> I know you as ARIN AC member, but not AFRINIC PDWG co-chair. Why are you trying to play co-chair? Co-chairs have been elected to lead the process including the consensus path.
> Where did you get these numbers from? Are you counting those who are recruited to say “ I oppose with no new arguments”?
> The IETF rough consensus clearly stated that objection or support is not based on volume or persistence.
I am not trying to play co-chair. I am acting as a member of the community standing up and stating that this is a bad policy proposal and pointing out that there are a growing number who appear to agree with me.
What is wrong with objecting to a policy for the same reasons as someone else stated? You don’t make such a requirement of supporters, do you? Does each supporter have to come up with a new unique reason to support your proposal? If I were to insist on such a thing, you would call me ridiculous and you would be right. Similarly, it is ridiculous to claim that those who object but do not
Of course consensus is not based on volume, but, a large volume of objections certainly represents a clear lack of consensus. This cannot be legitimately denied.
> Let assume a second that your numbers were correct. Can't you see that in the case of “rough equal numbers”, you can’t say “complete lack of community consensus” ?
Actually, I can say complete lack of consensus in that case… Consensus means a lack of sustained objections. Rough consensus means a lack of sustained objections that have not been “adequately addressed” where adequately is usually defined in terms of the objectors being willing to live with the outcome. An example of this might be a new protocol proposal where 80% of the participants in the working group want a fixed 256-bit field, 10% want a 128-bit field, and 10% want a variable-length field with a 16-bit length field.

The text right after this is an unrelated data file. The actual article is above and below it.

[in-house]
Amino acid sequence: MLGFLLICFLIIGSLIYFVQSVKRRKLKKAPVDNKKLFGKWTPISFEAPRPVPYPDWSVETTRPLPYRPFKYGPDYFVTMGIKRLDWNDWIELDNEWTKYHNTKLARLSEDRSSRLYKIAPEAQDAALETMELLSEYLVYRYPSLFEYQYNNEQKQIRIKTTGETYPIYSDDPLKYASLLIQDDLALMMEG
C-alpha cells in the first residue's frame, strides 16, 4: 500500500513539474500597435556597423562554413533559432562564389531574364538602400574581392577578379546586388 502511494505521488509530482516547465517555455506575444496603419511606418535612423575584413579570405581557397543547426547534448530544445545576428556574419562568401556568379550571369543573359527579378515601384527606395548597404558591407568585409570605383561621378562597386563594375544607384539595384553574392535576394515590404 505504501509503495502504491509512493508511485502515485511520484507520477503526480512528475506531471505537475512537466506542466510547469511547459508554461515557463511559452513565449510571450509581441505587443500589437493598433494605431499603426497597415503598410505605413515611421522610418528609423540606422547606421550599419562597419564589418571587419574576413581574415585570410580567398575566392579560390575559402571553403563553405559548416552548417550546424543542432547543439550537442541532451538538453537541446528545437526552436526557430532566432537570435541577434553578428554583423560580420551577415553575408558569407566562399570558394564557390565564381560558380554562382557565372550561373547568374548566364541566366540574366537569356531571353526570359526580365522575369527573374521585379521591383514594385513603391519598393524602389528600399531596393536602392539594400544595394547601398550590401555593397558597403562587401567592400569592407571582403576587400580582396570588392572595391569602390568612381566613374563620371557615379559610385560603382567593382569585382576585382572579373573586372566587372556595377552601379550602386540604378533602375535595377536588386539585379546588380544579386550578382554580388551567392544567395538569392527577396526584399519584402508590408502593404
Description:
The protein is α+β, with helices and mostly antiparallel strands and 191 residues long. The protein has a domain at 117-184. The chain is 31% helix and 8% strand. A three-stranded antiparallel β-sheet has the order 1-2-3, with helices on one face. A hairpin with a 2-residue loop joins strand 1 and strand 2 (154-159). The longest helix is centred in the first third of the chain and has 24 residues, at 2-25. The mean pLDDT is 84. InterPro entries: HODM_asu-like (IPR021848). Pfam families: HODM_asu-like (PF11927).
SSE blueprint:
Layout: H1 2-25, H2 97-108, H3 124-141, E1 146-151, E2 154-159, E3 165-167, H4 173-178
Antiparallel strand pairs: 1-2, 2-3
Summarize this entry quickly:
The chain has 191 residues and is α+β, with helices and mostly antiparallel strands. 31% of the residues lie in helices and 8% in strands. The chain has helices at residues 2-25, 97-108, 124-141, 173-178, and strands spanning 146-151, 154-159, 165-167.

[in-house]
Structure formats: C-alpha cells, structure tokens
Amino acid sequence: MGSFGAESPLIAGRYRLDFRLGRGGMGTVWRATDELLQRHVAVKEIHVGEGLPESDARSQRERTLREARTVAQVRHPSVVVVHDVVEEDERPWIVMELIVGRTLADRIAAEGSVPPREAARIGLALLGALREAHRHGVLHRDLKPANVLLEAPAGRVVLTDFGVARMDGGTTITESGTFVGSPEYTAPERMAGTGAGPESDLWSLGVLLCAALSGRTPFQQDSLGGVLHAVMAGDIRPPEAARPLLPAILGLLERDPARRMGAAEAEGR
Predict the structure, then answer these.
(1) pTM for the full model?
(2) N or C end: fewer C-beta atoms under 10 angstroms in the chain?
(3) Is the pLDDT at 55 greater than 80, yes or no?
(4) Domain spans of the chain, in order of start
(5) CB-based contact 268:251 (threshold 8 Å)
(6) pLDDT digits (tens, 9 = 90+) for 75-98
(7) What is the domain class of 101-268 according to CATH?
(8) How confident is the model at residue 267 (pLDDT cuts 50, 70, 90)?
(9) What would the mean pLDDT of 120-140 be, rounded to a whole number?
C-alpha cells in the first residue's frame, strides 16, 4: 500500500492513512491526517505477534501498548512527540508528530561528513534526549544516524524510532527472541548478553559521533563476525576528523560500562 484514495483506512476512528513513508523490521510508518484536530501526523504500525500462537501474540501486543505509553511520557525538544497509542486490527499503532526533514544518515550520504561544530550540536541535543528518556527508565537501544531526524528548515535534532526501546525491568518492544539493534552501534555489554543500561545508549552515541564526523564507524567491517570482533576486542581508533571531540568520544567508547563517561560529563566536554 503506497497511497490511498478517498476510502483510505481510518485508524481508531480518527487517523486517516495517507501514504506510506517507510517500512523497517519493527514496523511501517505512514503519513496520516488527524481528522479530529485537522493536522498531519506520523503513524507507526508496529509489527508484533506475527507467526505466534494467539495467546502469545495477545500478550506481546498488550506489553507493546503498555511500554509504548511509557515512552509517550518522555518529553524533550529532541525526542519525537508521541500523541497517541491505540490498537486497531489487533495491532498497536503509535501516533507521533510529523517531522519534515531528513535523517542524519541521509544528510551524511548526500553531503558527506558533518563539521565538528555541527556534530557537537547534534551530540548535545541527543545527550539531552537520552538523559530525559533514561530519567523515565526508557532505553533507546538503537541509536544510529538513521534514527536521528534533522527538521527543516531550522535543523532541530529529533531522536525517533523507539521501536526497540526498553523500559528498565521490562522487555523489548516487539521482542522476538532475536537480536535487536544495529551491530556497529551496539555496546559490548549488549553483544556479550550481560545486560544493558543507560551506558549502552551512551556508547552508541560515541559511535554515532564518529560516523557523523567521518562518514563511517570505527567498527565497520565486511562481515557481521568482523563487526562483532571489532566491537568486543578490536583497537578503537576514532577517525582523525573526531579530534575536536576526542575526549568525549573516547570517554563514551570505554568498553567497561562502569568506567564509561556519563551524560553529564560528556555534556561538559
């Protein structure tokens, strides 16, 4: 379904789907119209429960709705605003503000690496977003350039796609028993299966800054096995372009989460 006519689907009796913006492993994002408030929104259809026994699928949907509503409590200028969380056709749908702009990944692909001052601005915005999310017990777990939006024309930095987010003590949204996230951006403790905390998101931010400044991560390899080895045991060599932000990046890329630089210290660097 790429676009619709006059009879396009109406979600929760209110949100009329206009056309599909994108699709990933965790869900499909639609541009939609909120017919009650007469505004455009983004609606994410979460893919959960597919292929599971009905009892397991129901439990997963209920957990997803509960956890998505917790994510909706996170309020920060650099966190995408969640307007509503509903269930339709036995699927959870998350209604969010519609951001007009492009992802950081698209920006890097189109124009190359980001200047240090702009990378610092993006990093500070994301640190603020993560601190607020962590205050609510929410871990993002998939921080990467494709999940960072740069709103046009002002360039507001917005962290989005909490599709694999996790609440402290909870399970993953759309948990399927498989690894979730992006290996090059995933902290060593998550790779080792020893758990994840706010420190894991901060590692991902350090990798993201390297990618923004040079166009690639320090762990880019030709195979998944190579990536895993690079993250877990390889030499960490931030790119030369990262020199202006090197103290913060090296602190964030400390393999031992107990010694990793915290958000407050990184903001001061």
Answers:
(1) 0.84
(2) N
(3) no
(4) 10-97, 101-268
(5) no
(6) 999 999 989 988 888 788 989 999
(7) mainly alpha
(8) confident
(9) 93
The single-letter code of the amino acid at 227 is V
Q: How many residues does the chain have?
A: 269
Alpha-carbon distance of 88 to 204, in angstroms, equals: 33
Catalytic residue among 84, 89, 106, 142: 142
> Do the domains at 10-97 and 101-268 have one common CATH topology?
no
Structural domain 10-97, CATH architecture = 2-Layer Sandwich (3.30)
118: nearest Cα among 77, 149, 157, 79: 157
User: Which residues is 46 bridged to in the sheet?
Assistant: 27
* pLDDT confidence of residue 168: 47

After vigorous debate and hearing the reasoning behind the desires for each choice, the 20% who preferred alternatives come to a point where they state that they still believe they have offered the best choice, but they can live with the 256-bit fixed field because they feel it is more important to move forward than to get exactly what they want.
That’s rough consensus.
If you have even 30% continuing to say “I object to this proposal for X reason and the authors have done nothing to change that”, then by definition, you do not have anything remotely resembling consensus. I believe that we are well beyond 30% objecting here. As such, yes,
I feel quite comfortable saying that there is a complete lack of consensus among the participating community when it comes to this proposal.
> At least, What one would expect in this kind of split situation, is that co-chairs facilitate the discussion for the concerns raised to be accommodated or reasons for not accommodating them explained further.
I’m all for the co-chairs doing so. I am not trying to be a co-chair here. However, you continue to approach this with the apparent belief that all proposals should eventually reach consensus and become policy. This simply isn’t the case.
I am not as familiar with navigating the AfriNIC policy archives, so I will point to this ARIN page instead:
Note that there are two distinct and nearly equal length lists here.
The first is proposals that reached consensus and became policy.
The latter is for proposals which were abandoned and never became policy.
I’m sure that there is a similar pile of failed proposals in AfriNIC’s history as well.
I can think of a few examples off the top of my head:
+ Anti-Shutdown proposal
+ Alternative SL-BIS proposal
+ Inter-regional Transfer proposals (a few of these)
Not every proposal has to become policy and this one is definitely a good candidate for the proposal scrap-heap.
> If you feel that I am wrong about this, please explain what measure of “community” and what measure of “consensus” you are using. Perhaps you can educate me as to where my definitions do not match the PDP.
> I hope the above clarify
Yes, it’s now quite clear that I am not the one that appears to be missing something.